One book I found very interesting from a societal perspective was Warday by Whitley Streiber & James Kunetka. It describes the fictional account of two journalists traveling the US following a US/Soviet nuclear exchange. The overall picture is a nation in the grips of something like the Great Depression times 1.5, with a few cities gone or abandoned (not just a generic economic depression, but specifically very like the 1930’s in terms of available technology and agricultural production).
The limited nature of the fictional exchange strains credibility, and some of the technical details now seem almost endearingly naive & anachronistic in a 50’s sci-fi sort of way. But apart from that, the societal & cultural realism are IMO very well thought-out and present a very chilling read.
Yes, I read “War Day”. Quite a good book, and entirely plausible. One of the secondary effects of the war was loss of the crops in the mid-West because modern strains of wheat must be cultivated artificially. With the loss of the crops a dust bowl ensued. It was proposed to airdrop grass seed in radioactive areas, but there was not enough grass seed to do the job.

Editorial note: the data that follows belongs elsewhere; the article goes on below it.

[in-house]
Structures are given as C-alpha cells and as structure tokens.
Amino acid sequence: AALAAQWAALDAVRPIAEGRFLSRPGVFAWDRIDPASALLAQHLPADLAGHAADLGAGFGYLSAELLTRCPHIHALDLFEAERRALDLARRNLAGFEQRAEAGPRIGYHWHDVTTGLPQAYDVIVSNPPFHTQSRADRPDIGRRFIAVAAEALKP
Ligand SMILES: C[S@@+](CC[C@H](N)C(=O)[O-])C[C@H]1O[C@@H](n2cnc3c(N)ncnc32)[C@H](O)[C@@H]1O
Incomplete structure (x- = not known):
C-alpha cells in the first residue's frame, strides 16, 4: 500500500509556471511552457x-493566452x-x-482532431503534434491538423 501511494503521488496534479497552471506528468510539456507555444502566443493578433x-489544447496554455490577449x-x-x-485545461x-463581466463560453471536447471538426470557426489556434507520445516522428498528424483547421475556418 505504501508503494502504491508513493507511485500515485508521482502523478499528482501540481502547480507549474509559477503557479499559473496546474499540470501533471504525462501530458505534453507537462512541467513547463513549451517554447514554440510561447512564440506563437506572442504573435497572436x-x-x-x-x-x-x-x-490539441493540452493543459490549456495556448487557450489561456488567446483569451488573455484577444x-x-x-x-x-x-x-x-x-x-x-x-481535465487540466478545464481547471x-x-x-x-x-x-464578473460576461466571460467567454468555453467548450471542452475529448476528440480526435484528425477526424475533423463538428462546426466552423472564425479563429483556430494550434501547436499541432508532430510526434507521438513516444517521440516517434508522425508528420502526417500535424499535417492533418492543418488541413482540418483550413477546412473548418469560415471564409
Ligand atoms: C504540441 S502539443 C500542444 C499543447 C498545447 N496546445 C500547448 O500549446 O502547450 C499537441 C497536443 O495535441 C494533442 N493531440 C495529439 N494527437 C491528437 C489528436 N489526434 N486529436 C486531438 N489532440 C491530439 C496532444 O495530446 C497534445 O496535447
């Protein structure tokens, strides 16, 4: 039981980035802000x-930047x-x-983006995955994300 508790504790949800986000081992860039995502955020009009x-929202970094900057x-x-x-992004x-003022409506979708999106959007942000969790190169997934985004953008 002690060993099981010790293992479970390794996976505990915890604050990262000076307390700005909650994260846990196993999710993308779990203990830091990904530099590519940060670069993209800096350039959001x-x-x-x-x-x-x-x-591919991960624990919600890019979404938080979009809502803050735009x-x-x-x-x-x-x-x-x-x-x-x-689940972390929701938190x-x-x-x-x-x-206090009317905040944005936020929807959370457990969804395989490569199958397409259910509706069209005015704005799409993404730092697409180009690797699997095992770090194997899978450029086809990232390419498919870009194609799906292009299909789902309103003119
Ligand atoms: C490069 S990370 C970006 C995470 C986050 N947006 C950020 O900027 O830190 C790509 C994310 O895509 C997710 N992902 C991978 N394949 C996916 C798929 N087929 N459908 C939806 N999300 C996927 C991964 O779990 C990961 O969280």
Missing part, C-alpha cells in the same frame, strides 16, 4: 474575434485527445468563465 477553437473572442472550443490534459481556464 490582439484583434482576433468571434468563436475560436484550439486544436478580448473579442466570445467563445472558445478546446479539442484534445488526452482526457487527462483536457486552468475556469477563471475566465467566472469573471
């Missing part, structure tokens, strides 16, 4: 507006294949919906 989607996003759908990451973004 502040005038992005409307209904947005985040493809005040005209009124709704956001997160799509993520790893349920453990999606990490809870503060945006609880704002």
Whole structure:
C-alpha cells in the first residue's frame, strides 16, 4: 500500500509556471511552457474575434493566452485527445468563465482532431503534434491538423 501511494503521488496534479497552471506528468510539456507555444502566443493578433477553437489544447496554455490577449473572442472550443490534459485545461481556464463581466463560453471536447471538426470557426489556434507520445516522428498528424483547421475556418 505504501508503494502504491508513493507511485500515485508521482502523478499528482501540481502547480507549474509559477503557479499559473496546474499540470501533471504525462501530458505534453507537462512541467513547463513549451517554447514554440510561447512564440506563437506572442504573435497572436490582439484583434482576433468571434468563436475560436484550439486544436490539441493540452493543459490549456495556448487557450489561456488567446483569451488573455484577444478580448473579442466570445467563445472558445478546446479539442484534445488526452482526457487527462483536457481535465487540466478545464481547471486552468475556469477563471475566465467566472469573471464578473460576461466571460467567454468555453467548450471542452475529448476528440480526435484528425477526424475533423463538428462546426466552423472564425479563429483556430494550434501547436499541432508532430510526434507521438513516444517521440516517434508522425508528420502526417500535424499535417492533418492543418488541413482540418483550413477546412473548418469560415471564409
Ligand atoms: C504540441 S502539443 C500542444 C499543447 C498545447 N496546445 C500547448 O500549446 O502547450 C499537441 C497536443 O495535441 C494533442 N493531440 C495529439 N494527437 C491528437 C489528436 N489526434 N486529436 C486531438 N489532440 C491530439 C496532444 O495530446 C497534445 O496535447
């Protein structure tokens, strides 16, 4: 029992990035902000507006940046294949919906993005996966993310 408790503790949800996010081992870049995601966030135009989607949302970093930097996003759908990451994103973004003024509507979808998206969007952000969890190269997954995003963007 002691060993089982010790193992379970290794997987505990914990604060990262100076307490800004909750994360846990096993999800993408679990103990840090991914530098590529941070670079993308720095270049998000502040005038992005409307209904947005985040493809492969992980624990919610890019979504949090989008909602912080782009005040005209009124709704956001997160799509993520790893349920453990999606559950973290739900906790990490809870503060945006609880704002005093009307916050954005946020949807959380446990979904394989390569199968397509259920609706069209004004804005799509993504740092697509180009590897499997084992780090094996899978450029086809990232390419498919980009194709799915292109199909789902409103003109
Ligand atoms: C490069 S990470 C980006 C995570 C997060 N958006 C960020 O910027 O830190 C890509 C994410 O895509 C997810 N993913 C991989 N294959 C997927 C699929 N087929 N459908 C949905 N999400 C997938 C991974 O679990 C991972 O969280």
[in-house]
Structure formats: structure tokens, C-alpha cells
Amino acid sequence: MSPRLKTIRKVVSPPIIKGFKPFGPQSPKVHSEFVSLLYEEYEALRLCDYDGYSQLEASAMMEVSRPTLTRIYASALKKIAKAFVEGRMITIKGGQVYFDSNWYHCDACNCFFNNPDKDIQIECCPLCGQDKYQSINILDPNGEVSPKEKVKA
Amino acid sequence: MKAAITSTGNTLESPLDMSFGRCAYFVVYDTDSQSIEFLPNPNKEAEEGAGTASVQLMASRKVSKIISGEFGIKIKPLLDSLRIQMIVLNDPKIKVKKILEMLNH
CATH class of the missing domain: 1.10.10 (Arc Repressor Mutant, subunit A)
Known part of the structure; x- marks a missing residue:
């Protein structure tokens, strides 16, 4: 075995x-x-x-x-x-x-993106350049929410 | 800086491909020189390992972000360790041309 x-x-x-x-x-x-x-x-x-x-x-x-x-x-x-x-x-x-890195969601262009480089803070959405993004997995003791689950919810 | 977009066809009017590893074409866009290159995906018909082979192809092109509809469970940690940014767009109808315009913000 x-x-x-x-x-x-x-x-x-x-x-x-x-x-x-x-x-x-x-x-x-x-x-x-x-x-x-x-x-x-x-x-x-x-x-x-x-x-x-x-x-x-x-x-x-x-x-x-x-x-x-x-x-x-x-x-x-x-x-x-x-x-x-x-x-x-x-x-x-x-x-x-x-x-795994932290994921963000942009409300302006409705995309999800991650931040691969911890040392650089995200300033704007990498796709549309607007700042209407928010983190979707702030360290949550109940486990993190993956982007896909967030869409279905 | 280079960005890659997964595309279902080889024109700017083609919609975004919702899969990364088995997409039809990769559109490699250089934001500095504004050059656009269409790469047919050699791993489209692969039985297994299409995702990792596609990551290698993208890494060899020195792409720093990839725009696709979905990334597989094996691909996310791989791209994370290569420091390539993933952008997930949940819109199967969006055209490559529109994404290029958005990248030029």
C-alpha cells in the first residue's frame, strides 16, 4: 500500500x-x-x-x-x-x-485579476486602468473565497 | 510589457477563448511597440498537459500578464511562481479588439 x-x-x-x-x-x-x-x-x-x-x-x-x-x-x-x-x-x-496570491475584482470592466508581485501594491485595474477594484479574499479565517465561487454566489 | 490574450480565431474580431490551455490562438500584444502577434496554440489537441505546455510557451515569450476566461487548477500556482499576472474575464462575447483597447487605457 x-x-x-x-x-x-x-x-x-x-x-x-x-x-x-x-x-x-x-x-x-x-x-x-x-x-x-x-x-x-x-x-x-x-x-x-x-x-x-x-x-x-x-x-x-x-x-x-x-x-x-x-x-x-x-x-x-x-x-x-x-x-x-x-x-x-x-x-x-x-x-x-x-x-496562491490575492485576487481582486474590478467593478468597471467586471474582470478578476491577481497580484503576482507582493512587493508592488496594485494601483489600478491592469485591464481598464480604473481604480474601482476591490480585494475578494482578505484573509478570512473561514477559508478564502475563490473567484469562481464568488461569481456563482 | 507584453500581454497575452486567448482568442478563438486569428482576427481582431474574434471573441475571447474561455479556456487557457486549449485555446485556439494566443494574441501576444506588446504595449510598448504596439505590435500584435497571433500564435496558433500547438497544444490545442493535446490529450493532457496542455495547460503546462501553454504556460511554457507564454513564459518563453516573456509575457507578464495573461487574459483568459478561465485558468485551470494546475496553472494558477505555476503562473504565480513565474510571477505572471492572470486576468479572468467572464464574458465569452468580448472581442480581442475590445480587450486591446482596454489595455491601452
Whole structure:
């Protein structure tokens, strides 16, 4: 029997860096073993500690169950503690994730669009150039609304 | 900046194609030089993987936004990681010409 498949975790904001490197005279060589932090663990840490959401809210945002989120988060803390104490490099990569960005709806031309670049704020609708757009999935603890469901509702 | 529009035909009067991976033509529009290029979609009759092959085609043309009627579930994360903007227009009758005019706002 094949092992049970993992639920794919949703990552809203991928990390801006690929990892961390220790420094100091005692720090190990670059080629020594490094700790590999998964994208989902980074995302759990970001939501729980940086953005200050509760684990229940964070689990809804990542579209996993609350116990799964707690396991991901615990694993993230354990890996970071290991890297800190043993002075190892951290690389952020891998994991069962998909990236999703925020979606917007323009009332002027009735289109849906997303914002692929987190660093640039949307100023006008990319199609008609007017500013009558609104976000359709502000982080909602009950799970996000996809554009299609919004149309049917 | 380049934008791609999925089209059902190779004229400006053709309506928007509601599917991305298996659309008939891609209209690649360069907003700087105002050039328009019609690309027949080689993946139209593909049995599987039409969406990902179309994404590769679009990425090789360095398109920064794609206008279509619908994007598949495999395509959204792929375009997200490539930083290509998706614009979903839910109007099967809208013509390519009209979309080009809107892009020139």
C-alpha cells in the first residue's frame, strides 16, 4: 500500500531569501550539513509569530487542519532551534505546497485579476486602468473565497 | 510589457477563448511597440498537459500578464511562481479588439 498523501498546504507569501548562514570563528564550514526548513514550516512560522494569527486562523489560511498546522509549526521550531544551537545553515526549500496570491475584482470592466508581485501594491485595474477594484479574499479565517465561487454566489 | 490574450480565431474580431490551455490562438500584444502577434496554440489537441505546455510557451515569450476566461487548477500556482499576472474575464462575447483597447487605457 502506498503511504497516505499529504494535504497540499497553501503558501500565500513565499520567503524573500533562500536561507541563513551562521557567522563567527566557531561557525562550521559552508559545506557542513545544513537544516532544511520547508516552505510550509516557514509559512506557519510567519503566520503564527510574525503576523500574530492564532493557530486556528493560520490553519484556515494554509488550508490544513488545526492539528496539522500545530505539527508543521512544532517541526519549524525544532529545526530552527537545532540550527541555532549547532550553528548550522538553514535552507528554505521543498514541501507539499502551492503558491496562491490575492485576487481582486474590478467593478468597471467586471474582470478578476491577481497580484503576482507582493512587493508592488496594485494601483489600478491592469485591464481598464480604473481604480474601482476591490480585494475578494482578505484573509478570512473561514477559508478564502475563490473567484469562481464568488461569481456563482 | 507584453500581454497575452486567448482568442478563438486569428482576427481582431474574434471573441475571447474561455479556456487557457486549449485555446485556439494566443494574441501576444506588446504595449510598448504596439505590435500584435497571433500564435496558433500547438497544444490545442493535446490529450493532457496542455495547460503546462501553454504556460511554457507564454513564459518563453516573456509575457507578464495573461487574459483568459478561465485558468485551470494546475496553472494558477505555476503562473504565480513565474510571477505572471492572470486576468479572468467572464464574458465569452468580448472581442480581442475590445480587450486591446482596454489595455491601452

It was a popular book which disappeared almost completely after a couple of years.
Another good book was “Alas Babylon” (Pat Frank, IIRC?). It describes a small Florida community trying to keep things together as the nation pulls out of a nuclear war about 1963. Details like the diabetics slowly dying, some lowly congressman as the official inheritor of the presidency, gasoline running out, the usual marauders taking advantage of disorder.
Post-apocalyptic anarchy novels were common in 1960’s and 1970’s SF.
The problem wasn’t one big bomb flattening Texas, etc. The problem would probably be the sheer number of bombs, and aimed at what? Were they ALL aimed at missle silos and naval bases, or would it be necessary to destroy the nation’s (and the US’s allies’) entire industrial production capability? Can you leave standing the capacity to make airplane parts or even brass cartridges? The hydro dams? A well-placed cobalt bomb would guarantee that Texas and downwind would not be used for agriculture any century soon. Maybe in 40 or 50 years they’ll declassify all those war plans…
Where there’s industry, there’s people. And you have that next 30 or 45 minutes to decide whether to launch all 17,000 warheads or sit and vaporize quietly and peacefully without retaliation.